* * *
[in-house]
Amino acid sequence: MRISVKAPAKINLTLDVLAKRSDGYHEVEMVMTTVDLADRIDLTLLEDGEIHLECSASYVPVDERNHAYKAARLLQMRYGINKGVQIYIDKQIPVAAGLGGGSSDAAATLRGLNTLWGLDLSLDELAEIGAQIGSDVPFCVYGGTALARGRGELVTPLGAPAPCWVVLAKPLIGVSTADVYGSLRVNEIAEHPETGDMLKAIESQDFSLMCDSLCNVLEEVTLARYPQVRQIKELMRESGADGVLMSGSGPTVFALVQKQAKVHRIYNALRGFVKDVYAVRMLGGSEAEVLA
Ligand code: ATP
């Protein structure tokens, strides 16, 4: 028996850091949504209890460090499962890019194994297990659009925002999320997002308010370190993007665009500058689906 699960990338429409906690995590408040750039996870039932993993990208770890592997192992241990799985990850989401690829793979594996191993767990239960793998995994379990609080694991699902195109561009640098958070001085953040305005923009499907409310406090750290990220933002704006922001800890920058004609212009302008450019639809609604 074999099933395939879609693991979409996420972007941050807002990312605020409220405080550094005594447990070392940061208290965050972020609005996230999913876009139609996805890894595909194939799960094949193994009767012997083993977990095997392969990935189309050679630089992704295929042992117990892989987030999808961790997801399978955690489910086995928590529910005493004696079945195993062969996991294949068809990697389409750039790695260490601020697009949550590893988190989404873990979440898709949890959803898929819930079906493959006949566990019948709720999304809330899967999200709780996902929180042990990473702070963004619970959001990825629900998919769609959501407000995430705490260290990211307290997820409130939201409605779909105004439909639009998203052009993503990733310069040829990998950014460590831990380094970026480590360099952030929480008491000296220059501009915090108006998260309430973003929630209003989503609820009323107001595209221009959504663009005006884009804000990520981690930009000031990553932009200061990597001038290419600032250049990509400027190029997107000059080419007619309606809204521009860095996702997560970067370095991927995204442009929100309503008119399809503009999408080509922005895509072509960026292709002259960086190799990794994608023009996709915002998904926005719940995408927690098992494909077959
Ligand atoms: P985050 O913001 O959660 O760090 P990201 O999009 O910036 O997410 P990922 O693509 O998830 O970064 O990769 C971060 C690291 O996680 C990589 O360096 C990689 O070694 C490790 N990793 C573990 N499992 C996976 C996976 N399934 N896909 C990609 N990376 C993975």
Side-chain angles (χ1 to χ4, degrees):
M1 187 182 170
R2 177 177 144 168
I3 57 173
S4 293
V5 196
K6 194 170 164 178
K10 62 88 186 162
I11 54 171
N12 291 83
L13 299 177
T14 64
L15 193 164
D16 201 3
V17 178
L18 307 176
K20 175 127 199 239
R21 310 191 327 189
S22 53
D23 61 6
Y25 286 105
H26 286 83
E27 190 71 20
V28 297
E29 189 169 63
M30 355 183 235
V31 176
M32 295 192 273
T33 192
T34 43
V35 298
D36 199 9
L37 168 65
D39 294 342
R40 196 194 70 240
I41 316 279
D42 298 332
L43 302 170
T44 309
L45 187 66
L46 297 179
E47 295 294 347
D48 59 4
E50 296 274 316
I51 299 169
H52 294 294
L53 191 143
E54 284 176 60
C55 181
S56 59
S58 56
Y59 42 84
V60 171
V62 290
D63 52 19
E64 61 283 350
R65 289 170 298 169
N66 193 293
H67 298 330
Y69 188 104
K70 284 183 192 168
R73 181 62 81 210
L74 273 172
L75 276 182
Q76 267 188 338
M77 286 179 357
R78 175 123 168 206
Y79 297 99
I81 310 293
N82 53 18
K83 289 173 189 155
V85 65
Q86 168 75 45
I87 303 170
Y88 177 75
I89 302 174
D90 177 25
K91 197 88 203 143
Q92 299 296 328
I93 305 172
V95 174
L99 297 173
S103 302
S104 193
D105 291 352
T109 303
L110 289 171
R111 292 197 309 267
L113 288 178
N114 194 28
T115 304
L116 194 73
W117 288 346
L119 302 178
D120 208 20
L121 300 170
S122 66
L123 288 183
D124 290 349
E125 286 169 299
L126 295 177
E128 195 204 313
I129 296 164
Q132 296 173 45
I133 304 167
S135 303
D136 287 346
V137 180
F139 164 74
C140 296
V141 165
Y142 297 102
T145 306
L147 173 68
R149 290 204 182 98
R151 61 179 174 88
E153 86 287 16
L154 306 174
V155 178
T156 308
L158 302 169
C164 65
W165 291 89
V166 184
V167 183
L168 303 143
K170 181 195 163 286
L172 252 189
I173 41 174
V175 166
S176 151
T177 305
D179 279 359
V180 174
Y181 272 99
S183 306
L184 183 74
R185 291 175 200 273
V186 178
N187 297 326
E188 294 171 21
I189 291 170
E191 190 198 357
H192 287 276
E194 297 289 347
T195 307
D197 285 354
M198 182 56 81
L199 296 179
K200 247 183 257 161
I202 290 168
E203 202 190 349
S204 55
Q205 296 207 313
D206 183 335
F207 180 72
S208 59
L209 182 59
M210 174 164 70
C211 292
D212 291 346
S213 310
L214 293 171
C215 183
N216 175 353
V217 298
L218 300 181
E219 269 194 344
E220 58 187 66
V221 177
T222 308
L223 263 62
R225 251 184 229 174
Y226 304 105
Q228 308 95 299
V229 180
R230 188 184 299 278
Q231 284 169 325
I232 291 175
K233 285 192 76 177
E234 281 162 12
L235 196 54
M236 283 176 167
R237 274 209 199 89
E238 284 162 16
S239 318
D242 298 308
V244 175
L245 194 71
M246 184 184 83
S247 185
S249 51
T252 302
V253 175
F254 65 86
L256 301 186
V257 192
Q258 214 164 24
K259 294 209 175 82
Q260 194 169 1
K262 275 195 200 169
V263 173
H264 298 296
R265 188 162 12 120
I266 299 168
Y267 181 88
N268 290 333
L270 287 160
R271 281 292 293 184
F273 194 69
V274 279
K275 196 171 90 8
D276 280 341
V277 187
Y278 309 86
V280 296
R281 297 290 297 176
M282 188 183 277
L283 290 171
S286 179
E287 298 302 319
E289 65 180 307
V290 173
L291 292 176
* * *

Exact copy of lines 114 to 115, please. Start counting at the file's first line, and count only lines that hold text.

F139 164 74
C140 296